London, March 11 (IBNS) The International Cricket Council (ICC) will be investigating claims made by Britain's The Sunday Times that Indian bookmakers were using a Bollywood actress as a honey trap to fix international matches and also England county games.
The newspaper revealed that has evidence that tens of thousands of pounds were offered to players for spot-fixing and also claimed that last year´s World Cup semi-final between India and Pakistan.
The daily reported that a Delhi bookmaker has claimed that England's county cricket was a good new market for the fixers. The bookmaker also said the England's county cricket "was low-profile matches and nobody monitors them. That´s why good money can be made there without any hassle".
The report claimed that batsmen could earn up to 44,000 for slow scoring and bowlers could make 50,000 for conceding runs, set by fixers. Players and officials who could guarantee the outcome of the match are also assured 750,000.
The claims made by the reputed British daily came just weeks after former Essex bowler Mervyn Westfield became the first English cricketer to be convicted for corruption. Westfield was jailed after he admitted accepting money to fix a match against Durham in September 2009.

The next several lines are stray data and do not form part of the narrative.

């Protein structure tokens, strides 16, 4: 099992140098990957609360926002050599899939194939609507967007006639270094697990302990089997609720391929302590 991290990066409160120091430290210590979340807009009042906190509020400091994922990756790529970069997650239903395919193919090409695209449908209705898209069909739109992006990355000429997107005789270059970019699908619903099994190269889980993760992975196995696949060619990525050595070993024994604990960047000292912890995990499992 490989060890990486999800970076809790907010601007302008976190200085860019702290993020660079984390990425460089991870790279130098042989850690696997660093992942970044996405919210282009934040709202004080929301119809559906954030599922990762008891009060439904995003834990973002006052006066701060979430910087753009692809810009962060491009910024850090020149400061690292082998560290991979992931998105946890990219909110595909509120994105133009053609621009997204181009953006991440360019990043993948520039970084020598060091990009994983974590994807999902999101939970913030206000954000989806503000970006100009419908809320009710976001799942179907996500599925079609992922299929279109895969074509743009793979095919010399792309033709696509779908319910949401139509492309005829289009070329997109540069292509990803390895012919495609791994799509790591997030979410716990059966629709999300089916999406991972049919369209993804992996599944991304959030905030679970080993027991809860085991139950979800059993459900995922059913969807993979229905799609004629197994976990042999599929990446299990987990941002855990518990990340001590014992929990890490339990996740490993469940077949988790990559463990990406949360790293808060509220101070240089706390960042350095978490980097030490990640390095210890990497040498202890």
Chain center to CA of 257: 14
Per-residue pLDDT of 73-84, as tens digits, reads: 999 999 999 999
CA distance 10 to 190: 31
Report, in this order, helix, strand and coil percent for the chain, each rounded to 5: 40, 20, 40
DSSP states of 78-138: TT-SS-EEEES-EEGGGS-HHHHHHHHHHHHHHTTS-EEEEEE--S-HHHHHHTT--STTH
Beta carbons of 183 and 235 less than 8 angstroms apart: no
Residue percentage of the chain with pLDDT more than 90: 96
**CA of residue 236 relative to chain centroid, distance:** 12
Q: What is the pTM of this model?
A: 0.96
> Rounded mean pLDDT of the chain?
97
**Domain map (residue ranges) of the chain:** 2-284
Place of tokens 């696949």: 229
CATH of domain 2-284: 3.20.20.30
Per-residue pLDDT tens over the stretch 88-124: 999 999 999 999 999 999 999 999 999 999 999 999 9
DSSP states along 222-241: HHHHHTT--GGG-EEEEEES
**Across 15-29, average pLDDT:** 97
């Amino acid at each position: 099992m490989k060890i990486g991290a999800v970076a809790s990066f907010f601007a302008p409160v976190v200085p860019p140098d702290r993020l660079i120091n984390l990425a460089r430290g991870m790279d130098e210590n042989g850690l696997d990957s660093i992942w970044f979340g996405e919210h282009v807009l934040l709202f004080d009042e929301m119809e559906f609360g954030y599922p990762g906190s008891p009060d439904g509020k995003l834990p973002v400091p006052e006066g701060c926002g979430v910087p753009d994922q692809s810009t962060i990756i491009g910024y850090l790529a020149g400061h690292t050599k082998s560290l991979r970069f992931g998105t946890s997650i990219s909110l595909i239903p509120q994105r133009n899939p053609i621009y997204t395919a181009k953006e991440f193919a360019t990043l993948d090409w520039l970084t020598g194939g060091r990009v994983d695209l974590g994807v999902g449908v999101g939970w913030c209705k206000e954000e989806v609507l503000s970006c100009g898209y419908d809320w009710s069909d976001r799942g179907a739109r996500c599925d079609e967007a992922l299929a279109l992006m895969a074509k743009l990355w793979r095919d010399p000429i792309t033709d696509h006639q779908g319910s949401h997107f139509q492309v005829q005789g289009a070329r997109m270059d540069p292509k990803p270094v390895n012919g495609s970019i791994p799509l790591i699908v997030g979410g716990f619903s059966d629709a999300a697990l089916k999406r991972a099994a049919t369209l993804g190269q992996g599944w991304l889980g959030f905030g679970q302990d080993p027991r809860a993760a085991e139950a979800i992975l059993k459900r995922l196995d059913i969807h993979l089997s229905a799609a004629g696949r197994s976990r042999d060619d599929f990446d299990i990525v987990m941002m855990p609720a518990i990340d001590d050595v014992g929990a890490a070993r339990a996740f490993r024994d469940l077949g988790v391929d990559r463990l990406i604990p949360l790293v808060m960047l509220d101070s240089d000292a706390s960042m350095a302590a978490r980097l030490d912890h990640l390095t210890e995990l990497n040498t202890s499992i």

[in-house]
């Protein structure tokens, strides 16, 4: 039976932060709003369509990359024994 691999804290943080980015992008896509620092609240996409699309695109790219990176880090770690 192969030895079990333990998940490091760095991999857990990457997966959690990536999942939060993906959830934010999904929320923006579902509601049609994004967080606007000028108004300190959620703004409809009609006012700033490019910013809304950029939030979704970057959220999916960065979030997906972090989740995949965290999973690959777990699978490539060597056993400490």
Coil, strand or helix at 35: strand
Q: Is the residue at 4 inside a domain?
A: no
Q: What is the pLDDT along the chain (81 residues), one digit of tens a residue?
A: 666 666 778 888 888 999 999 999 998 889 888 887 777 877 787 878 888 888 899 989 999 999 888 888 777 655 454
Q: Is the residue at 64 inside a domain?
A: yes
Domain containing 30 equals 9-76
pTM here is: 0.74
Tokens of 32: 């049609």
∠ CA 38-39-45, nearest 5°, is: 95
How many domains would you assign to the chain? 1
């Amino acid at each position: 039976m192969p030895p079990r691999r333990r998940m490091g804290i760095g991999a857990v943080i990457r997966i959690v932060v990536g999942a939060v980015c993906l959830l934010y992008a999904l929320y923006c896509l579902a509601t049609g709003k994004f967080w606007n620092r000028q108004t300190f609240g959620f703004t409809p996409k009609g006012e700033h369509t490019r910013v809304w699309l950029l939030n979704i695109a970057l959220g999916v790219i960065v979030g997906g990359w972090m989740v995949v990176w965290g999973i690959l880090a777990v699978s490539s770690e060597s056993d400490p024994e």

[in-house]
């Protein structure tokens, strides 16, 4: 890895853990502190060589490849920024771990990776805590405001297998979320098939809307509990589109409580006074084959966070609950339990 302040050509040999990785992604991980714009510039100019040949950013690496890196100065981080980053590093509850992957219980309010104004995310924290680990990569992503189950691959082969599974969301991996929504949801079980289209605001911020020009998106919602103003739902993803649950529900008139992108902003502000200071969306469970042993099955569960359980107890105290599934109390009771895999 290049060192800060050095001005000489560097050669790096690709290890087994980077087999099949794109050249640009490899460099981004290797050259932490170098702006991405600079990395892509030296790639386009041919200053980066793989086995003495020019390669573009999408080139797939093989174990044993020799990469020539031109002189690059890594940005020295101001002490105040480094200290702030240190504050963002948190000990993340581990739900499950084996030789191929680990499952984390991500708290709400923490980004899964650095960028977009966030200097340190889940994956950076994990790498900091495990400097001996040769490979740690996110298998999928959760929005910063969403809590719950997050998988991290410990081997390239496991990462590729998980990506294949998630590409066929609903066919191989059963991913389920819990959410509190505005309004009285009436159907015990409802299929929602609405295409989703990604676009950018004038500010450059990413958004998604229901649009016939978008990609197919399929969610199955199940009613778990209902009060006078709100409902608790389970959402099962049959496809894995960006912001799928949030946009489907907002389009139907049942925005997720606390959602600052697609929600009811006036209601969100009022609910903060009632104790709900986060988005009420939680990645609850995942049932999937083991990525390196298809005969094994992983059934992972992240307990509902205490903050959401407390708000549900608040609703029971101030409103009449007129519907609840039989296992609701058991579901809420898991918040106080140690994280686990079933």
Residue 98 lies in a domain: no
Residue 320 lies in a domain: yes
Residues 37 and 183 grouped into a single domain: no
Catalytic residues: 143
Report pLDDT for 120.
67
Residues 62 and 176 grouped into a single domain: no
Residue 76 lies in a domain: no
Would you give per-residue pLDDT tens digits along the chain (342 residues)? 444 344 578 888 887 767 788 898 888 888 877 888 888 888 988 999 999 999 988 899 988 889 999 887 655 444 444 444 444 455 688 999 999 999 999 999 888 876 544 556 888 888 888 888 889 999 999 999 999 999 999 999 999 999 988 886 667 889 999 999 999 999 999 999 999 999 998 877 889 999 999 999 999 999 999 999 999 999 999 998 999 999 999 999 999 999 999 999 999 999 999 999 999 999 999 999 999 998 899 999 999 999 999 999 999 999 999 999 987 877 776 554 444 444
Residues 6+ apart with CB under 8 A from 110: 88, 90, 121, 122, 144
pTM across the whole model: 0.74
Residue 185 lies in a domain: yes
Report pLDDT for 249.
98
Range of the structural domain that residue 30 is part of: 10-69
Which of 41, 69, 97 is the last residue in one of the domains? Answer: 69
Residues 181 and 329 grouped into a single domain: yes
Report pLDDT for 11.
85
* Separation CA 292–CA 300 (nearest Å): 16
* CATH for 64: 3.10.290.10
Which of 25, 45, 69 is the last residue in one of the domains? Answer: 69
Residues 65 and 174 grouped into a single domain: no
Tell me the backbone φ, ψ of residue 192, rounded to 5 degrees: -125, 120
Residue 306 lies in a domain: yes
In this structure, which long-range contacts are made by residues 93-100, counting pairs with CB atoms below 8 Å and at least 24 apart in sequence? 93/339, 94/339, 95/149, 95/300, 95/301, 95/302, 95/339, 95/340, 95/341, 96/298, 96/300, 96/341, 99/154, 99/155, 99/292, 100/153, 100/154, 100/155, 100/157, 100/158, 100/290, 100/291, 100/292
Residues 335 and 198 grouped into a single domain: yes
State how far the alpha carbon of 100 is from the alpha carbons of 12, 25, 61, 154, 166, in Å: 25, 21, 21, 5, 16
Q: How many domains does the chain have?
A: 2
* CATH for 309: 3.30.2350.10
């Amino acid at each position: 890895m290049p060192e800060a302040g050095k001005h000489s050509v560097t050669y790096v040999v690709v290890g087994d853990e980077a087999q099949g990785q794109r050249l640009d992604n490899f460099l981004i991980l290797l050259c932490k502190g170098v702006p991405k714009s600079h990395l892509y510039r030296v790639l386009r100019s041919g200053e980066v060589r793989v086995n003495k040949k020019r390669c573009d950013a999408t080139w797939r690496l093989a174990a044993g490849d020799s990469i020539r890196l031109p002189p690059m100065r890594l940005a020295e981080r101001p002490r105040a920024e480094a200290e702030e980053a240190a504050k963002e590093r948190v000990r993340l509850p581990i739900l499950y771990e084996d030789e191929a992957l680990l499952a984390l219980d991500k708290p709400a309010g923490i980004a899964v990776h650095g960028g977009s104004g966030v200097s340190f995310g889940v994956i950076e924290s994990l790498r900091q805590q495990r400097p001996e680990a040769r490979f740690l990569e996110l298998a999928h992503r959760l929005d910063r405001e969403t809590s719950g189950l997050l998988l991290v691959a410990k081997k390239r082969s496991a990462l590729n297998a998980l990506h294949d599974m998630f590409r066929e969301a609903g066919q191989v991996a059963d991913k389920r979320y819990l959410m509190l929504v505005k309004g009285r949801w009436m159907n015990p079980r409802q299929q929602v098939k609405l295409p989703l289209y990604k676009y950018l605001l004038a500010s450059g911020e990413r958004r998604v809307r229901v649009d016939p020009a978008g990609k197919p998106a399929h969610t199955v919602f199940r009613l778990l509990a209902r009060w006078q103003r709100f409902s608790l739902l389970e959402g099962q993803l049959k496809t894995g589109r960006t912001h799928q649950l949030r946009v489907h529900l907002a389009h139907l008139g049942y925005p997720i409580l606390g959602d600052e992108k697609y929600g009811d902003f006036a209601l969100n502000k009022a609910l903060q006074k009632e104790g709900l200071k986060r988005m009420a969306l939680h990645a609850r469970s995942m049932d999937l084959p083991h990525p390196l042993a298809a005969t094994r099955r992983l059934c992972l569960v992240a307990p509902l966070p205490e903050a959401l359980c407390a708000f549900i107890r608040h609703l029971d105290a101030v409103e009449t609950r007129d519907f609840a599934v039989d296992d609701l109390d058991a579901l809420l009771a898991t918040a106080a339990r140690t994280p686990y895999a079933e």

Last year, Pakistan players Salman Butt, Mohammad Asif and Mohammad Aamer were the first international cricketers to be jailed in Britain for "spot-fixing" the 2010 Lord's Test match against England.
An ICC spokesman said it would investigate the new allegations.
"We are grateful for the information you have provided and will launch an inquiry into these serious allegations," he told The Sunday Times.
"Betting on cricket in the legal and illegal markets continues to grow rapidly and, with many, many millions of dollars being bet on every match, the threat of corrupters seeking to influence the game has not gone away."